By Jules Crittenden | [email protected] and Kimberly Atkins | [email protected] | Boston HeraldPUBLISHED: January 8, 2019 at 9:29 pm | UPDATED: January 8, 2019 at 10:11 pm President Trump, citing a “crisis of the heart and a crisis of the soul,” made an impassioned appeal to save lives and even save money by building a $5.7 billion border wall, in a direct prime time address to the American people Tuesday night. “There is a growing humanitarian and security crisis on our southern border,” Trump said. “All Americans are hurt by uncontrolled illegal migration.” Trump cited a loss of jobs in American minority communities and spoke about thousands of deaths from the flow of drugs and a long list of murders by illegal immigrants, as well as the trafficking in children — “human pawns” — and women migrants who are sexually abused. “This is a crisis of the heart and a crisis of the soul,” … [Read more...] about Trump: Border ‘crisis of the heart and soul’
Blood flow of the heart
Tech & Science Neurology brain heart rate Every second or so, your heartbeat sends blood surging through the vessels of your body. The impact of this can be felt throughout the body—in the wrists, the neck and the ankles. If you're somewhere quiet, you might even hear your own heartbeat as its vibrations hit your ears. What you probably won't detect is the subtle pulsing of your brain as blood and spinal fluid ebb and flow inside your skull. Now, scientists have captured and magnified the effect of the heartbeat on the brain in real time. Using a new imaging technique the researchers can watch the brain bounce and warp as blood moves around the body. Although the brain only moves a tiny amount with every heartbeat—between about 0.0004 and 0.006 inches—tracking this motion could help reveal potentially deadly problems such as aneurysms or concussions before they become life-threatening, the researchers wrote in Magnetic Resonance in … [Read more...] about Brain Beats Along With the Heart—and Scientists Have Caught It on Tape
Sponsored content from MD News Published 2:46 pm, Tuesday, April 17, 2018 Photo: San Antonio MD News Image 1of/1 CaptionClose Image 1 of 1 Photo: San Antonio MD News PVA: One of the First to Offer Innovative TCAR Procedure for the Treatment of Carotid Artery Disease 1 / 1 Back to Gallery This minimally invasive technology temporarily reverses blood flow in the brain to prevent devastating strokes. Peripheral Vascular Associates (PVA) is one of the first physician groups in the state to perform an innovative treatment for patients at risk for stroke due to blockages in the neck arteries known as carotid artery disease. The minimally invasive procedure, called transcarotid artery revascularization, or TCAR, utilizes a new FDA-approved neuroprotection system that temporarily reverses blood flow in the artery … [Read more...] about PVA: One of the First to Offer Innovative TCAR Procedure for the Treatment of Carotid Artery Disease
Scientists have used an app on iPhone 4S to assess blood flow in a wrist artery for patients undergoing coronary angiography that performed better than the traditional physical examination. The smartphone app had a diagnostic accuracy of 94 per cent compared with 84 per cent using the traditional method. Although this application is not certified at present for use in health care by any regulatory body, "our study highlights the potential for smartphone-based diagnostics to aid in clinical decision-making at the patient's bedside," said Dr Benjamin Hibbert from the University of Ottawa Heart Institute, Ottawa. Researchers used the smartphone's camera function to reach the conclusion, according to a randomised trial published in CMAJ (Canadian Medical Association Journal). "Because of the widespread availability of smartphones, they are being used increasingly as point-of-care diagnostics in clinical settings with minimal or no cost," said Hibbert. "For example, built-in cameras with … [Read more...] about iPhone app measured blood flow better in cardiac assessment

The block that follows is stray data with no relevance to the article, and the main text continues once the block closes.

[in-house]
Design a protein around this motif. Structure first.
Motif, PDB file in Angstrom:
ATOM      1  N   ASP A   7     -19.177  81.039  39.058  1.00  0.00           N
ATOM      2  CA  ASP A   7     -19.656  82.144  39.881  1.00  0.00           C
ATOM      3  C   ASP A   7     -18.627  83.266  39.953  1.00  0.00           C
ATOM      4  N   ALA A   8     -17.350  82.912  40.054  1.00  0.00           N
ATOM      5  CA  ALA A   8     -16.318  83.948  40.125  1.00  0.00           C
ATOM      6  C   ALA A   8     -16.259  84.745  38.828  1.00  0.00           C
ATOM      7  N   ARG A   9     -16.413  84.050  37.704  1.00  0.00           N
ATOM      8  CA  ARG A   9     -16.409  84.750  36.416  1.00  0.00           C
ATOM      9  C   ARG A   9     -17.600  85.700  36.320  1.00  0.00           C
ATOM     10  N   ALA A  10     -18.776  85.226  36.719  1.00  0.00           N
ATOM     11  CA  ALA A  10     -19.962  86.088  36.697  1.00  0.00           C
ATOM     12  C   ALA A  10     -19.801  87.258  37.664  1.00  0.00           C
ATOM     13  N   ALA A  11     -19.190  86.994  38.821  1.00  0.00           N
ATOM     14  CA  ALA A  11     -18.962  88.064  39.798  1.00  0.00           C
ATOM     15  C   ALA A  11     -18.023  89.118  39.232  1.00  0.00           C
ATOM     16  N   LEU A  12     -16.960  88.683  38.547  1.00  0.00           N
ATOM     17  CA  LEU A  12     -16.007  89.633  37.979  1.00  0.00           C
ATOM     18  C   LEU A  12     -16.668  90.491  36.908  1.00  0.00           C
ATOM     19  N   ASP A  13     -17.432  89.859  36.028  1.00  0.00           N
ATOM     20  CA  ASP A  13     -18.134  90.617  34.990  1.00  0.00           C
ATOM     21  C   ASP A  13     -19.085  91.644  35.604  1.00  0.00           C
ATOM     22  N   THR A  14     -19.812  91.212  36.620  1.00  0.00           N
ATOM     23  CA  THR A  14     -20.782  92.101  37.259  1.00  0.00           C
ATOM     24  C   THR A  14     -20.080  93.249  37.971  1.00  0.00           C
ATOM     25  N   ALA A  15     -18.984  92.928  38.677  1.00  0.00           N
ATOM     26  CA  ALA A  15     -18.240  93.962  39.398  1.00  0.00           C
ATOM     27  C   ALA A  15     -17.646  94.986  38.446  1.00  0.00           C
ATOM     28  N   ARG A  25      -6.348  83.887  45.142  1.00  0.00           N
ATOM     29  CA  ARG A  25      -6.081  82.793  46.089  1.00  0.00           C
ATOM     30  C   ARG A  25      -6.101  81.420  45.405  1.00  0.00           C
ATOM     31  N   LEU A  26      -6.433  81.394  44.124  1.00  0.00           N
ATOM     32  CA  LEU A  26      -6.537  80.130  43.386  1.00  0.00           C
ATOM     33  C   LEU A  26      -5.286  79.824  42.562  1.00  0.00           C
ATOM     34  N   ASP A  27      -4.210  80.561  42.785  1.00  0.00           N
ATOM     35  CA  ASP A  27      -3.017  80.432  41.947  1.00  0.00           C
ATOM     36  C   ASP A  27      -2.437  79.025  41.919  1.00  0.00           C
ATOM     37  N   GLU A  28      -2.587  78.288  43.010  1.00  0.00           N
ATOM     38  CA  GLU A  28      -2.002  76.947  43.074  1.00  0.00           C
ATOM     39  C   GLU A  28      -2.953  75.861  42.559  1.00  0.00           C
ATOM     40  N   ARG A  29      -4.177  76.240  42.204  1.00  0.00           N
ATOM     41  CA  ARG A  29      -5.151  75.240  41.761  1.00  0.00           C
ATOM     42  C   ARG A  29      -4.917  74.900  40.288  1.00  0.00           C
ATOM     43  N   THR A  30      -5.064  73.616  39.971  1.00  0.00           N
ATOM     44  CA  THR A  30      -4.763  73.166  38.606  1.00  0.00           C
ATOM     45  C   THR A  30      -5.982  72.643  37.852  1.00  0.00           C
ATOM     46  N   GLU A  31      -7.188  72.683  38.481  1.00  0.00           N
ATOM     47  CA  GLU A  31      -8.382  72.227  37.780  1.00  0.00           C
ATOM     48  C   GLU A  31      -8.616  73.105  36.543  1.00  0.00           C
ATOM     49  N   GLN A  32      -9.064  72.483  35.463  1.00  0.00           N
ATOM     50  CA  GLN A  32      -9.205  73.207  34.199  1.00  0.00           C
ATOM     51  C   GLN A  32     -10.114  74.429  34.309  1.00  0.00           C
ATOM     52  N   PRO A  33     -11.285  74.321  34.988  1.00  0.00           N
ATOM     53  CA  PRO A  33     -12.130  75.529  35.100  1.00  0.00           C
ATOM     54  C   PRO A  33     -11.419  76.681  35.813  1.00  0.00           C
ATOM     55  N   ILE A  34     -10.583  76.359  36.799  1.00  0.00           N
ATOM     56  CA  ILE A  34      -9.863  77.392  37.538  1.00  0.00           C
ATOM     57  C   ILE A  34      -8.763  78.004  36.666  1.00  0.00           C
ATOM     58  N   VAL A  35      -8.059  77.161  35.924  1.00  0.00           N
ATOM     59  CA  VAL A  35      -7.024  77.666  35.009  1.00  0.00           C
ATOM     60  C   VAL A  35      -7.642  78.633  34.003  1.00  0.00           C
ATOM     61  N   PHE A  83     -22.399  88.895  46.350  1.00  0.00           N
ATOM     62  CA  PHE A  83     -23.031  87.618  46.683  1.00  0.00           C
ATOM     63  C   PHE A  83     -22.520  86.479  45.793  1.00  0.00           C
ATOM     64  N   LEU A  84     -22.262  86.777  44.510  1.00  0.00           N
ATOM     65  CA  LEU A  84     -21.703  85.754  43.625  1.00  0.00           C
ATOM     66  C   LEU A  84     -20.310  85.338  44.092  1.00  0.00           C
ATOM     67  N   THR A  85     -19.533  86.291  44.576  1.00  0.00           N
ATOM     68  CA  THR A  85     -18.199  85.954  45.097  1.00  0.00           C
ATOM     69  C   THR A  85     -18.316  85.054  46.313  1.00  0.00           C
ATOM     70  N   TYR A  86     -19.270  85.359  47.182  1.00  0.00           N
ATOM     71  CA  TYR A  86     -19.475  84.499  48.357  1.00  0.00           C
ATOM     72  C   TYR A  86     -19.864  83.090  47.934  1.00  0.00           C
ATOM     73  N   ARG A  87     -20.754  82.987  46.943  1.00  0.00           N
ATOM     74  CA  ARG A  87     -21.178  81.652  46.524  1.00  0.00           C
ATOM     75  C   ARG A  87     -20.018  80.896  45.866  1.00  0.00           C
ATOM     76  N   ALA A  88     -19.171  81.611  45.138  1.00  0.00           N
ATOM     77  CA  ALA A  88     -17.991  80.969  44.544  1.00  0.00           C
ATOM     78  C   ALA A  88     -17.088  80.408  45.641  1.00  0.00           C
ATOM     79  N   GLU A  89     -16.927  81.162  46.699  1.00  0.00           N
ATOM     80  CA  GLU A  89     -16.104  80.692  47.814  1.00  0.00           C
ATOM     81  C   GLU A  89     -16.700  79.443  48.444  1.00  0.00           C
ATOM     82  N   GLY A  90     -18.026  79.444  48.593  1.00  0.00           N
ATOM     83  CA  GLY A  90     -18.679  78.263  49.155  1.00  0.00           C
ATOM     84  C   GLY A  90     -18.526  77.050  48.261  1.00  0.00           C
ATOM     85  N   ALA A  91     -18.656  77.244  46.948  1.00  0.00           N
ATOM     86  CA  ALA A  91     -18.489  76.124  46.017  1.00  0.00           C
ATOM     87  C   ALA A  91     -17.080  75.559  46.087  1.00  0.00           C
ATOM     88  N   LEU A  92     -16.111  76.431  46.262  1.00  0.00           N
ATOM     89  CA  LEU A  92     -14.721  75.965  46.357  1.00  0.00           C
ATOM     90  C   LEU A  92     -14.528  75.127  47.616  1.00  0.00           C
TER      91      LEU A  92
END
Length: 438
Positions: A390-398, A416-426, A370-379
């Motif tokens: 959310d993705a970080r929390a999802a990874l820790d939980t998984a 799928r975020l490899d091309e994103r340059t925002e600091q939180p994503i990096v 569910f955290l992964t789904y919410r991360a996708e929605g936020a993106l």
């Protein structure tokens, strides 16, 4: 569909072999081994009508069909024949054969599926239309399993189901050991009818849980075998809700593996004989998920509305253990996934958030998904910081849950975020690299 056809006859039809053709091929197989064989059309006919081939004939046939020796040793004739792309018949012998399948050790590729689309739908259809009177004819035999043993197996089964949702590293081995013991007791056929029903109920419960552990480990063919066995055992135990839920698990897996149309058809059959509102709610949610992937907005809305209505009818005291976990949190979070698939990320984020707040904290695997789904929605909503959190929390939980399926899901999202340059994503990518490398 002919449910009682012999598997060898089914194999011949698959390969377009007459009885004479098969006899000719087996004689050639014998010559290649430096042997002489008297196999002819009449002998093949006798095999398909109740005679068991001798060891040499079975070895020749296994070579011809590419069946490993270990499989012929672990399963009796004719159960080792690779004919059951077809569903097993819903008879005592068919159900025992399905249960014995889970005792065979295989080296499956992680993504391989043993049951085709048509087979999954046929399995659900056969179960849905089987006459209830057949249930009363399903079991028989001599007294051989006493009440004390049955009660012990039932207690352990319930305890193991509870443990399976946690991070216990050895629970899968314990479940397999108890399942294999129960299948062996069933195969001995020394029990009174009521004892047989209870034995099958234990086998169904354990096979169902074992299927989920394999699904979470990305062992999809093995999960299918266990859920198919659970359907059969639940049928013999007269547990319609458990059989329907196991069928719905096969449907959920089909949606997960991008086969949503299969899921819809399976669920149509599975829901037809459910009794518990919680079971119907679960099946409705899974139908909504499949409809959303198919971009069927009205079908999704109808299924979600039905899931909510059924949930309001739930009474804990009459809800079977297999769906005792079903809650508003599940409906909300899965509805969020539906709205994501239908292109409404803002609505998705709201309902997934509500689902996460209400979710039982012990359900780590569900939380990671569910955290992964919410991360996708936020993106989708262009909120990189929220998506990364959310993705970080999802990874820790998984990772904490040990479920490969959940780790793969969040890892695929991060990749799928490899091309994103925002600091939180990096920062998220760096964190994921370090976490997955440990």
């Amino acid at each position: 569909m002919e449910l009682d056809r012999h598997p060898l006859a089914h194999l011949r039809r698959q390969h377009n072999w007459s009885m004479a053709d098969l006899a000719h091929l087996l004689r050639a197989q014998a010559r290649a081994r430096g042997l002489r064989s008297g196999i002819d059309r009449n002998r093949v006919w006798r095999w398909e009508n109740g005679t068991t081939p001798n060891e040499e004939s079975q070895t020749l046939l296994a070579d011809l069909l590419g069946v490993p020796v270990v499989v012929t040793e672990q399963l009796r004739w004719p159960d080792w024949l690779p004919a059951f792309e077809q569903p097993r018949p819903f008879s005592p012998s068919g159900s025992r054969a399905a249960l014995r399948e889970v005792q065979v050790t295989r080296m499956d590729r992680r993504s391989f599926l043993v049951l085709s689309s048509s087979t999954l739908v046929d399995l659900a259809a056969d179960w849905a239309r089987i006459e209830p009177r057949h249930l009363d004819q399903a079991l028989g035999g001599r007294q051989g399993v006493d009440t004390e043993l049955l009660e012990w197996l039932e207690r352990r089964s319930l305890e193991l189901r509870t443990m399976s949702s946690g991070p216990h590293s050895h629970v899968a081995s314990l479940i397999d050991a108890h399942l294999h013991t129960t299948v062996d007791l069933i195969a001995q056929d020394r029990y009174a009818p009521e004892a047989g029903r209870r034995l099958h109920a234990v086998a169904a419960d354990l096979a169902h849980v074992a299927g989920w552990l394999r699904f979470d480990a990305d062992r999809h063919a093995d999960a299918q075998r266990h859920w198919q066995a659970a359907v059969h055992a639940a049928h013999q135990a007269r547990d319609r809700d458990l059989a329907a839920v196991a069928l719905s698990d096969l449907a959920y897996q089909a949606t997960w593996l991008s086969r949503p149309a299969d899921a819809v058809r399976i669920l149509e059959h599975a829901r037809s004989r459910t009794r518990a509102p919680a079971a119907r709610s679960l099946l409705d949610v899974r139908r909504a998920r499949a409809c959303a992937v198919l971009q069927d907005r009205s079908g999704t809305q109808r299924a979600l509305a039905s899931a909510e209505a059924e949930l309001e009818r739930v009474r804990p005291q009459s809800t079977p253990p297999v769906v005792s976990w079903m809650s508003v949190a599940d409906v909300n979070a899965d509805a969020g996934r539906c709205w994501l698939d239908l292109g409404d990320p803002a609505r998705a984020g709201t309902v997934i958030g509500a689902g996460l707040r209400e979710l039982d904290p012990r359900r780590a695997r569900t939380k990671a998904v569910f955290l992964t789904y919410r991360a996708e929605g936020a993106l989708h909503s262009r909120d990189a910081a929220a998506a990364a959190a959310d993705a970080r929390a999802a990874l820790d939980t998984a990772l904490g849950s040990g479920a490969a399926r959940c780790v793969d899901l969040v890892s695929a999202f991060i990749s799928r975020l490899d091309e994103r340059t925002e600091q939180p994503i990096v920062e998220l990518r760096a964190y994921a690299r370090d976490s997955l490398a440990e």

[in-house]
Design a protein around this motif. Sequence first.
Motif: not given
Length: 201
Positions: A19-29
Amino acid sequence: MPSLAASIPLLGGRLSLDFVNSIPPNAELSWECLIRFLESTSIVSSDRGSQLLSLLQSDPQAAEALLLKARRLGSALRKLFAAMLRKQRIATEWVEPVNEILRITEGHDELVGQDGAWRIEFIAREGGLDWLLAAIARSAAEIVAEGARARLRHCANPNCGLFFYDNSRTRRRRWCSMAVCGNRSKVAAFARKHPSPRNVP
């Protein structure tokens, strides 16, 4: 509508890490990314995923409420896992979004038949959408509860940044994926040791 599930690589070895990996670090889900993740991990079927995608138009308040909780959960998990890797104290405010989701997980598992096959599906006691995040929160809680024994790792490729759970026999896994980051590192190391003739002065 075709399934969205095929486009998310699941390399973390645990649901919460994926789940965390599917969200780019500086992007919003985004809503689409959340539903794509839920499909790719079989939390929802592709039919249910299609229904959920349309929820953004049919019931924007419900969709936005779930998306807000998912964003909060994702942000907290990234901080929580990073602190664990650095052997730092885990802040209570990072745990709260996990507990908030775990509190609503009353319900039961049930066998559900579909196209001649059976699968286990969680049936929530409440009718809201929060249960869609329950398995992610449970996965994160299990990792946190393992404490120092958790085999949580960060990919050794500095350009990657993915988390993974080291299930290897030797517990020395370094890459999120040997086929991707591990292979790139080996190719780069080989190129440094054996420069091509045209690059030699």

Some victims were found at home. An 84-year-old woman who’d spent over half her life in the same Sacramento, Calif., apartment died near her front door, gripping her keys. A World War II veteran succumbed in his bedroom. Many died outside, including a hiker who perished on the Pacific Crest Trail, his water bottles empty.The killer? Heat. Hundreds of others lost their lives when a stifling air mass settled on California in July 2006. And this repeat offender’s rap sheet stretches on. In Chicago, a multiday scorcher in July 1995 killed nearly 700. Elderly, black residents and people in homes without air conditioning were hardest hit. Europe’s 2003 heat wave left more than 70,000 dead, almost 20,000 of them in France. Many elderly Parisians baked to death in upper-floor apartments while younger residents who might have checked in on their neighbors were on August vacation. In 2010, Russia lost at least 10,000 residents to heat. India, in 2015, reported more than 2,500 … [Read more...] about Are we ready for the deadly heat waves of the future?